Sir William (le Hardi) Douglas


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William "le Hardi", Lord of Douglas


William "le Hardi", third from his namesake William de Duglas, was a prominent baron at the time of William Wallace. He is most notable for being the first Lord to join Wallace in his revolt against English rule. Ronald McNair Scott, in his book "Robert the Bruce: King of Scots", writes about William "le Hardi's" eager alliance with Wallace,

"The gesture of Sir William (Douglas) was typical of the man. Crusader, warrior, egoist, he had gone his own throughout life with very little regard for anyone else. He had flouted the guardians of the interregnum and insulted the authority of King Edward by abducting and forcibly marrying Eleanor de Ferrers, an English widow, while she was staying with relatives in Scotland."


He was captured by the English and executed. He had three sons; Sir James "The Good", Hugh "The Dull", and Archibald, who became the first Regent of Scotland.



2nd version:

WILLIAM 0~’ DOUGLAS (d. 1298), called “le hardi,”


Archibald’s grandson, was the first formally to assume the title of lord of Douglas. After the death of his first wife, Elizabeth, daughter of Alexander the Steward, he abducted from the manor of the La Zouches at Tranent an heiress, Eleanor of Lovain, widow of William de Ferrers, lord of Groby in Leicestershire, who in 1291 appeared by proxy in the court of the English king, Edward I., to answer for the offence of marrying without his permission. He gave a grudging allegiance to John de Baliol, and swore fealty to Edward I. in 1291; but when the Scottish barons induced Baliol to break his bond with Edward I. he cornmanded at Berwick Castle, which he surrendered after the sack of the town by the English in 1296. After a short imprisonment Douglas was restored to his Scottish estates on renewing his homage to Edward I., but his English possessions, including Woodham Ferrers, were forfeited. He joined Wallace’s rising in 1297, and died in 1298, a prisoner in the Tower of London.



3rd version

Sir William "le Hardi" of Douglas was born c1240, but where the name "le Hardi", meaning "the bold", came from is unknown.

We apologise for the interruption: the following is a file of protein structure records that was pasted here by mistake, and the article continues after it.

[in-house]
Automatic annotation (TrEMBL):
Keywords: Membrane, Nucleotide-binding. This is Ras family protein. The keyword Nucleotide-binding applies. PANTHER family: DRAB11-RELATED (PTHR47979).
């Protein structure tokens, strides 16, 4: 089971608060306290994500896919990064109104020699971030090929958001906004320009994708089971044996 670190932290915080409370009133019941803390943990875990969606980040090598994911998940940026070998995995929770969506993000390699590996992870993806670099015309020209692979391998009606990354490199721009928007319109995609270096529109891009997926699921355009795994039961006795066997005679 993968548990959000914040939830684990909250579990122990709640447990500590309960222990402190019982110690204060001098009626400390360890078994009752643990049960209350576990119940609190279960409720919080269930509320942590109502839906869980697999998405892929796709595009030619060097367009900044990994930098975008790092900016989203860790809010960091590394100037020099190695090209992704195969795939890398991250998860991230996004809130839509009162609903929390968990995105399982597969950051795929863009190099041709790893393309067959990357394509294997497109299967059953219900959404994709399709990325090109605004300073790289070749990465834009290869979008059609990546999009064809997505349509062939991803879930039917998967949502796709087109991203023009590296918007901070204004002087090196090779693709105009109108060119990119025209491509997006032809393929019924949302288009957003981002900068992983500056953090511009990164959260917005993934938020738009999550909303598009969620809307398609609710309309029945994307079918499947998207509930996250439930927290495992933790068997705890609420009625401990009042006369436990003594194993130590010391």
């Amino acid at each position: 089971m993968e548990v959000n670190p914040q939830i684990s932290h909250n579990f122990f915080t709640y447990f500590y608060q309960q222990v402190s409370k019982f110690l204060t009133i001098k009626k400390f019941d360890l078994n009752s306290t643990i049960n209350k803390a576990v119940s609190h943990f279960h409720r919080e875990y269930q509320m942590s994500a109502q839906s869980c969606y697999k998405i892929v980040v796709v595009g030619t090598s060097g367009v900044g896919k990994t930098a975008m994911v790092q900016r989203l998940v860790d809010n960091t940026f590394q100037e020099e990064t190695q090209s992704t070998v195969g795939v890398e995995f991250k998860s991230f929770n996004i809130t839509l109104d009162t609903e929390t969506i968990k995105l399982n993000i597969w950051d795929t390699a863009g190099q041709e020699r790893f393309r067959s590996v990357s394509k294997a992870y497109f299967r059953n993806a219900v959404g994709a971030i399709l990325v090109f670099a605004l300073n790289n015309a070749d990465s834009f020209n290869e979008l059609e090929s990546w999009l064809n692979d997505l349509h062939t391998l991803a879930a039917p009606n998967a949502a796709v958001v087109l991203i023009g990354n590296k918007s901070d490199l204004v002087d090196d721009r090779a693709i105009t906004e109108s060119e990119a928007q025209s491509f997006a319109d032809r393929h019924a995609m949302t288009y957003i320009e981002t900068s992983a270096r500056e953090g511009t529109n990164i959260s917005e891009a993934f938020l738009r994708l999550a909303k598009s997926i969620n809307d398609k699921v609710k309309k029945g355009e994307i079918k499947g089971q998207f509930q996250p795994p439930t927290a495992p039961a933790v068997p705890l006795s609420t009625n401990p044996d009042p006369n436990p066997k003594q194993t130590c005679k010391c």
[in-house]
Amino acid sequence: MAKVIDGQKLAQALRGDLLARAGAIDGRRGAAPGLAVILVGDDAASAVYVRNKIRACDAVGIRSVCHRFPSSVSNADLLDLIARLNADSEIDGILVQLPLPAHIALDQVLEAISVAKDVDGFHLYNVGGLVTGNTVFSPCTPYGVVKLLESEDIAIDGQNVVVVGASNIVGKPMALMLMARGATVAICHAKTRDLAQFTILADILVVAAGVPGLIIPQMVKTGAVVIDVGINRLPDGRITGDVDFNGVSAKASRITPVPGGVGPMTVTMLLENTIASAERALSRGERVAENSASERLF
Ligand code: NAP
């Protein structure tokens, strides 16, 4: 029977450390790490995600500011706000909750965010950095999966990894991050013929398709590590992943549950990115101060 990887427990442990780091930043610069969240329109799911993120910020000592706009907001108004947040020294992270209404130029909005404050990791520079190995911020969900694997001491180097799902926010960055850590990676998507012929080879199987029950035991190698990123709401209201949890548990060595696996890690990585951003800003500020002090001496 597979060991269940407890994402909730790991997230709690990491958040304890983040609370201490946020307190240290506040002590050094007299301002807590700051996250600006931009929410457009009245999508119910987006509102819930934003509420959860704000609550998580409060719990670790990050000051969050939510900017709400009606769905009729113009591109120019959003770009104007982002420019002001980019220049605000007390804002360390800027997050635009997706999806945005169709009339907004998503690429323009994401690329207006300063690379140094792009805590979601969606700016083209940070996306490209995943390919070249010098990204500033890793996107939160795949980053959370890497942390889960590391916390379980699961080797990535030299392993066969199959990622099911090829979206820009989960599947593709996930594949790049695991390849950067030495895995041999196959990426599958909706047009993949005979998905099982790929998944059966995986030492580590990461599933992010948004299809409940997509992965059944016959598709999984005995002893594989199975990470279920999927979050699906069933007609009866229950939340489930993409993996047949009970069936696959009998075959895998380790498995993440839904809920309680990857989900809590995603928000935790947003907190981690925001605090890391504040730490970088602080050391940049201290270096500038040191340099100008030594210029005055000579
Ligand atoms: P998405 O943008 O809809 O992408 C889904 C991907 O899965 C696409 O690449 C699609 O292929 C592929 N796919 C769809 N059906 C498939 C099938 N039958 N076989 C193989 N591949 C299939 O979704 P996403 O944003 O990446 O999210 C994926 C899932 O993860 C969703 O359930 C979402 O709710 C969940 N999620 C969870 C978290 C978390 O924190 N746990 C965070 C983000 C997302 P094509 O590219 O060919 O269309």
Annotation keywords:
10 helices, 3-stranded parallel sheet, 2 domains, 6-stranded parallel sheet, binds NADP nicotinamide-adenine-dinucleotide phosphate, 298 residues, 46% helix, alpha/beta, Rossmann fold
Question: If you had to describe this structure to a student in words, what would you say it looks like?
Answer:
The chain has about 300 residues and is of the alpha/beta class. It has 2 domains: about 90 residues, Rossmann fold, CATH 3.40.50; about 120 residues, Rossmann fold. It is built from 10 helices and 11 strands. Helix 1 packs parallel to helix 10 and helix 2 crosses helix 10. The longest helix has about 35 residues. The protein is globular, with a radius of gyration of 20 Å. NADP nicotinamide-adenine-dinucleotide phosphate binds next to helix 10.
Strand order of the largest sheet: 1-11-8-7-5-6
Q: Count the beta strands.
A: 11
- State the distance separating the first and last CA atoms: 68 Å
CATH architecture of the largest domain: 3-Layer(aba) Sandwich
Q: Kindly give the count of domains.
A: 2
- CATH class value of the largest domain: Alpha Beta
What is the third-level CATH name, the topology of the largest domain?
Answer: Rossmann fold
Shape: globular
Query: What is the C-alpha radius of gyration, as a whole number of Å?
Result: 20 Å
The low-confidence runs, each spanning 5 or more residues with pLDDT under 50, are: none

While governor of Berwick he was captured when the town was besieged by the English and spent time in an English prison. He was released later only after agreeing to accept English King Edward I as overlord of Scotland. However he was later a strong supporter of and fought alongside William Wallace. For this he was placed back in prison until his death.


He first married Elizabeth Stewart, and later married Eleanor de Louvaine. I have one child by each, and one unsure:
child by Elizabeth Stewart


  1. Sir James Douglas "the Good" (Lord of Douglas, c1286-25Aug1333) A lifelong friend and supporter of Robert the Bruce, King of Scots. After the Bruce’s death, Sir James was the Black Douglas charged to take the Heart of Robert the Bruce into battle. Sir James died in battle in Spain during the crusade against the Moors. Had known (illegitimate) son:
    1. Archibald Douglas "the Grim" fought in the defence of Edinburgh castle against English King Henry IV in 1400, and achieved the rank of Lieutenant General of Scotland. Was killed in action along with his son while fighting the English in France.

child by Eleanor de Louvaine

  1. Sir Archibald of Douglas

child probably by Elanor de Louvaine

  1. Hugh Douglas (Lord of Douglas)

William "le Hardi" died in either 1298 or 1302 in a London prison.




Captured at Berwick, his distant cousin, Robert, stood hostage for him.


He was present at The Capitulations of Irvine.


Sir William "Le Hardy" Douglas (d 1298) turned to Thomas Dickson for help in recovering Sanquhar Castle in 1295. Thomas, the hero of the hour, made an unopposed entry in a wood cart with which he blocked open castle gates. He killed the porter with his dirk and he slew three gate wardens with an axe. The castle was retaken before the English defenders could rise from their beds. When 3,000 English later appeared to lay siege to the castle, Thomas slipped out through a secret passage to warn William Wallace. Wallace rescued the castle, with the English losing 500 men in the process.


William le Hardi Douglas signed the Ragman Roll twice in 1296: the first time was in Edinburgh on 10 June; the second was on 28 August in Berwick on Tweed.


In May/June 1297, he took part in the raid on Scone.


Seal of William 'Le Hardi' Douglas


SignatureThe first part of Sir William's signature, carved into the wall of his cell in the Tower of London (bottom left in image)


This page was last updated on 03 October 2020

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